One thing I’ve noticed since moving to Hong Kong is that many people here are obsessed with appearance. For those of you who haven’t visited, in Hong Kong there are 3-meter-wide and 1-meter-tall ads for beauty houses (that usually provide slimming and various non-invasive beauty treatments). The ads feature Photoshopped women in bikinis to encourage all women that in eight weeks they, too, could look that way in real life! The ads aren’t just here and there, either; come spring, you’ll see ads like this on pretty much every wall of the subway, the sides of buses, and TV.
It’s not just Hong Kong; I think it’s a lot more visible and in-your-face here, far more so than anywhere I’ve been in the world. But it doesn’t take a 30-foot-tall Swarovski ad of Miranda Kerr to see that in our global culture, how you look and dress determines your value, worth, and social standing.
There are countless devastating consequences from this rather insidious and wrong shift in culture. Statistics of eating disorders affecting children as young as 7, the rising rate of steroid use among middle school boys, girls prostituting themselves for the money to afford the season’s latest handbags — the list is heartbreakingly long. I think it’s clear to anyone with an identity built on Christ that such a worldview is dangerous and detrimental and thus not what God has intended for us.
Yet over the last 10 years, I’ve begun to see a bit of a counter-swing among Christians that I’m equally as concerned about. The church has reacted, along with certain elements of culture, by proclaiming the gospel of self-esteem: “Jesus loves you just the way you are. He died for you to save you because you’re beautiful and unique.” Thus, exercise and healthy eating are completely optional, and in some cases, too worldly. Such pursuits are relegated to be less important than prayer meetings, ministry, and coffee with friends. While your average Christian might be willing to drop everything to pray with a friend in need, the idea of setting aside a couple of hours a week to exercise is considered unrealistic.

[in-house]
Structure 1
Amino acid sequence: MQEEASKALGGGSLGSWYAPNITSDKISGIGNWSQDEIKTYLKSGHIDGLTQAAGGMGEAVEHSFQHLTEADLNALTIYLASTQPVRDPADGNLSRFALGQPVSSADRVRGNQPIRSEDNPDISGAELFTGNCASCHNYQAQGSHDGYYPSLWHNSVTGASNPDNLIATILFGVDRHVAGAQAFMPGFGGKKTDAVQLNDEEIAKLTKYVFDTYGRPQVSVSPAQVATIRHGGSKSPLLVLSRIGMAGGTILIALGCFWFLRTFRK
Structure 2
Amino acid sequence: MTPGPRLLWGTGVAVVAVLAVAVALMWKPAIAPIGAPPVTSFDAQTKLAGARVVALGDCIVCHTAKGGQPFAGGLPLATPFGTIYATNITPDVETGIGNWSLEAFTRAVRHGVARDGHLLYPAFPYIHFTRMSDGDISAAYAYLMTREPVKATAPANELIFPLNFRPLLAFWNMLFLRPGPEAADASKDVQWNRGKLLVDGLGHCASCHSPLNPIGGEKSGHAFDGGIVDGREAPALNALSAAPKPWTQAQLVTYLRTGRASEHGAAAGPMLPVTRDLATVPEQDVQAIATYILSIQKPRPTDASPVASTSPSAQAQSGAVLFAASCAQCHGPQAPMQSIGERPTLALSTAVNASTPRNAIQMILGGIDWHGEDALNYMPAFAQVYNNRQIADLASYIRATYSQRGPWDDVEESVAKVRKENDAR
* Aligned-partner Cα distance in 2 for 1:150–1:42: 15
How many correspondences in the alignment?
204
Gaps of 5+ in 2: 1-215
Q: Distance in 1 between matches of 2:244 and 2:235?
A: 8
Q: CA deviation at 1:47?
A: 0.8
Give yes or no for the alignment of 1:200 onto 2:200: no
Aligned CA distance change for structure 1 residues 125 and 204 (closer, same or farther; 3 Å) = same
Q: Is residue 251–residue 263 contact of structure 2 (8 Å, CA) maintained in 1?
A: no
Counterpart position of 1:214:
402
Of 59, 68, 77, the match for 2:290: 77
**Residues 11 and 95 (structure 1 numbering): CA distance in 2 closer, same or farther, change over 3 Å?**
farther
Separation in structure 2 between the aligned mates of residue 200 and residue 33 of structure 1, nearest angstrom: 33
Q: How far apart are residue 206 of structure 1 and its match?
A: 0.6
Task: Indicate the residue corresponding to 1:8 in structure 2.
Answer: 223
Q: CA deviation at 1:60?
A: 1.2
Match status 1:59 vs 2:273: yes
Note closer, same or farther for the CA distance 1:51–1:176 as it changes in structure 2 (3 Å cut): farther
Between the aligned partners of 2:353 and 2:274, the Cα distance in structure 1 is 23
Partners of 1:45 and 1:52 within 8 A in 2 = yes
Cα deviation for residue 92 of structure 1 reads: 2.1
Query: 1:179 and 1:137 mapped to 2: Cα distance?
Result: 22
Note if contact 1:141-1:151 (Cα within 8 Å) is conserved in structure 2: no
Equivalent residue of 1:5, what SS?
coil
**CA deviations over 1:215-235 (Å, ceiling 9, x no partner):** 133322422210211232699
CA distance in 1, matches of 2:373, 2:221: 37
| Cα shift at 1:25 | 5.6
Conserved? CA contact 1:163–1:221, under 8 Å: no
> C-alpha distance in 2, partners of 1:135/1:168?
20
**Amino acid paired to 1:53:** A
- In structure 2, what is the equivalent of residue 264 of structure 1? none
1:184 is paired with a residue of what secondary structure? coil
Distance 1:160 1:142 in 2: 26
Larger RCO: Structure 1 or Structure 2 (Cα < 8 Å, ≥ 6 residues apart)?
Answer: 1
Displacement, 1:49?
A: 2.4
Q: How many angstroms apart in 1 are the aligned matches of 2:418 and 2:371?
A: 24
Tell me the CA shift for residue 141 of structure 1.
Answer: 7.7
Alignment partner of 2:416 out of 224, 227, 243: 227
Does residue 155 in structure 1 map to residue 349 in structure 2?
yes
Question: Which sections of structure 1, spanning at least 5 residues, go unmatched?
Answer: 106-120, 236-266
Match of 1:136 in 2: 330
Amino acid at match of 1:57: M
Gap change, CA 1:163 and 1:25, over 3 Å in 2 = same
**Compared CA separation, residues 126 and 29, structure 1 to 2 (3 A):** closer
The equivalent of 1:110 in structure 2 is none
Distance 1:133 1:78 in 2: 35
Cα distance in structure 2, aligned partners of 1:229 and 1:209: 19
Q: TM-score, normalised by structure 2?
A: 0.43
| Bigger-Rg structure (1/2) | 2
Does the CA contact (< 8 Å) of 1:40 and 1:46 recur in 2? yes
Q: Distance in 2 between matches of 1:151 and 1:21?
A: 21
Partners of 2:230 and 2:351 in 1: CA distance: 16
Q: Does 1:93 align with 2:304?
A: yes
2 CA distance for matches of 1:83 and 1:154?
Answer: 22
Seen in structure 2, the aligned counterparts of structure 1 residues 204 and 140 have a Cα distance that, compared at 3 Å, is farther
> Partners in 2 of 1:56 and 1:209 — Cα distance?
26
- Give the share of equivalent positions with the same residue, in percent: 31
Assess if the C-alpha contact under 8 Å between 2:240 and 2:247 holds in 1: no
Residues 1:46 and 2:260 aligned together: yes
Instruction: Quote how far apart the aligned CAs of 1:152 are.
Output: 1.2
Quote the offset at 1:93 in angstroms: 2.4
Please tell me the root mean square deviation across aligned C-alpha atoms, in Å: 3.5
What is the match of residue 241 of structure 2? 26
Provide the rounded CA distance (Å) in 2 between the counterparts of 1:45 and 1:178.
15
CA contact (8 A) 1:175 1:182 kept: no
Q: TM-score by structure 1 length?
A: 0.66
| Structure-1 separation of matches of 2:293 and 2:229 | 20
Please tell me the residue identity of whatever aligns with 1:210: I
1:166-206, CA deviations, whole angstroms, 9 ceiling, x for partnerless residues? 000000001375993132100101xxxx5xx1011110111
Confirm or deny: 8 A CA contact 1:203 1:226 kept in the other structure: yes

Yes, Jesus died for us to demonstrate His love for us. However, He did it because He’s a good God, not because of anything we’ve done or are. He also didn’t die for us because we’re valuable, but His death gives us worth. See, Jesus loves you just the way you are, but He doesn’t want you to stay that way. The doctrine of sanctification is the idea that God is redeeming every part of your life, making you more holy, more perfect, and more like Him through every situation. Not only that, but as Christians we represent Christ through everything we say, do, or fail to do.
My point? Christians should aim to be fit and stay healthy (which usually gives an added benefit of looking fit and healthy), while not founding their self-value on their physical appearance. They should do it to bring glory to God (by being good stewards of the physical temple He’s blessed us with) but also to not be a stumbling block to nonbelievers learning about Jesus. After all, we don’t want to give the impression to anyone that to be a Christian we somehow have to give up being fit or even putting some effort into our appearance. That’s a lie. Regardless of our justifications for looking the way we do, sometimes we won’t get a chance to explain those reasons to others.
As young Christians, we need to understand the importance of our health as soon as possible and then have the discipline to take care of our bodies. It can certainly start small, perhaps reading about the nutritional value of instant ramen versus Burger King, or researching what kinds of exercise are best for your body type. However, (eventually) it should progress toward a healthy lifestyle, with exercise every day(ish) and a solid understanding of what’s good to eat and what’s not.
I suggest hitting up Google or WebMD if you have questions, and do some research. Obviously obsession is not the aim (although if it becomes a hobby, that’s fine), and we shouldn’t base what’s healthy on Hollywood or airbrushed models without pores. But as we seek to honor God with our bodies in every way, we’ll start becoming better representatives of Christ to the world.
What do you think? Do you agree with this take about fitness and the church? What’s your favorite workout?